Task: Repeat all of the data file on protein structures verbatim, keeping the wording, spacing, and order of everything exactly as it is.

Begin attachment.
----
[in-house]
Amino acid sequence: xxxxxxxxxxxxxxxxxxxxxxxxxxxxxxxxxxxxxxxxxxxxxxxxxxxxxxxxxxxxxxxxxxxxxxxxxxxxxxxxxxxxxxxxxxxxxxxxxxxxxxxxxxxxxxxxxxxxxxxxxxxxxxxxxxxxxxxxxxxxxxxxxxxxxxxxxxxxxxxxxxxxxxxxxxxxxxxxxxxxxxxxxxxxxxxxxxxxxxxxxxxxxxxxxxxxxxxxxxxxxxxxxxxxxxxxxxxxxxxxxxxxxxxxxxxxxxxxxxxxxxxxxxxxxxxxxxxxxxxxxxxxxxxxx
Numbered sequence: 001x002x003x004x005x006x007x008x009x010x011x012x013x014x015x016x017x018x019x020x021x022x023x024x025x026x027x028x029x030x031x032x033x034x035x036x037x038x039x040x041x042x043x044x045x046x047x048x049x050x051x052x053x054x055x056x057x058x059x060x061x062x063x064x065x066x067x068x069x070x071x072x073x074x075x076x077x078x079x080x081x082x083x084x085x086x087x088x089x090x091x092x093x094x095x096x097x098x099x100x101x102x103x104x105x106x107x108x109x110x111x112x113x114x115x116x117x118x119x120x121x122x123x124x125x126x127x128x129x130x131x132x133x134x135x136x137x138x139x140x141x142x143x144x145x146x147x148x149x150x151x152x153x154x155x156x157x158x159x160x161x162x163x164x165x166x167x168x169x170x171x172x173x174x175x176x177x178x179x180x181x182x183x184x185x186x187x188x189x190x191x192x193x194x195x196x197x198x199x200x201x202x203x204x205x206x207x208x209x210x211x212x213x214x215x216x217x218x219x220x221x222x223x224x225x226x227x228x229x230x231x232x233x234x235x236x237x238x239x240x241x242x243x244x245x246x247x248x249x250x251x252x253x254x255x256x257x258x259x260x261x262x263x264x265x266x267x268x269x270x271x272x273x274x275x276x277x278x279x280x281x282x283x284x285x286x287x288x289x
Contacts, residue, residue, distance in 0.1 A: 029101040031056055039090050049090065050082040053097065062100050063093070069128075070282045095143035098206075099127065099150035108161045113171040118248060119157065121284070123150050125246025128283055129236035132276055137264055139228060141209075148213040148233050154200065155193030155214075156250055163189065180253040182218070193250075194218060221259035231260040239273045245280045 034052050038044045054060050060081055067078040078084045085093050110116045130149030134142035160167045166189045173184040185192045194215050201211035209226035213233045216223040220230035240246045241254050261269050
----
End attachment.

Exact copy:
[in-house]
Amino acid sequence: xxxxxxxxxxxxxxxxxxxxxxxxxxxxxxxxxxxxxxxxxxxxxxxxxxxxxxxxxxxxxxxxxxxxxxxxxxxxxxxxxxxxxxxxxxxxxxxxxxxxxxxxxxxxxxxxxxxxxxxxxxxxxxxxxxxxxxxxxxxxxxxxxxxxxxxxxxxxxxxxxxxxxxxxxxxxxxxxxxxxxxxxxxxxxxxxxxxxxxxxxxxxxxxxxxxxxxxxxxxxxxxxxxxxxxxxxxxxxxxxxxxxxxxxxxxxxxxxxxxxxxxxxxxxxxxxxxxxxxxxxxxxxxxxx
Numbered sequence: 001x002x003x004x005x006x007x008x009x010x011x012x013x014x015x016x017x018x019x020x021x022x023x024x025x026x027x028x029x030x031x032x033x034x035x036x037x038x039x040x041x042x043x044x045x046x047x048x049x050x051x052x053x054x055x056x057x058x059x060x061x062x063x064x065x066x067x068x069x070x071x072x073x074x075x076x077x078x079x080x081x082x083x084x085x086x087x088x089x090x091x092x093x094x095x096x097x098x099x100x101x102x103x104x105x106x107x108x109x110x111x112x113x114x115x116x117x118x119x120x121x122x123x124x125x126x127x128x129x130x131x132x133x134x135x136x137x138x139x140x141x142x143x144x145x146x147x148x149x150x151x152x153x154x155x156x157x158x159x160x161x162x163x164x165x166x167x168x169x170x171x172x173x174x175x176x177x178x179x180x181x182x183x184x185x186x187x188x189x190x191x192x193x194x195x196x197x198x199x200x201x202x203x204x205x206x207x208x209x210x211x212x213x214x215x216x217x218x219x220x221x222x223x224x225x226x227x228x229x230x231x232x233x234x235x236x237x238x239x240x241x242x243x244x245x246x247x248x249x250x251x252x253x254x255x256x257x258x259x260x261x262x263x264x265x266x267x268x269x270x271x272x273x274x275x276x277x278x279x280x281x282x283x284x285x286x287x288x289x
Contacts, residue, residue, distance in 0.1 A: 029101040031056055039090050049090065050082040053097065062100050063093070069128075070282045095143035098206075099127065099150035108161045113171040118248060119157065121284070123150050125246025128283055129236035132276055137264055139228060141209075148213040148233050154200065155193030155214075156250055163189065180253040182218070193250075194218060221259035231260040239273045245280045 034052050038044045054060050060081055067078040078084045085093050110116045130149030134142035160167045166189045173184040185192045194215050201211035209226035213233045216223040220230035240246045241254050261269050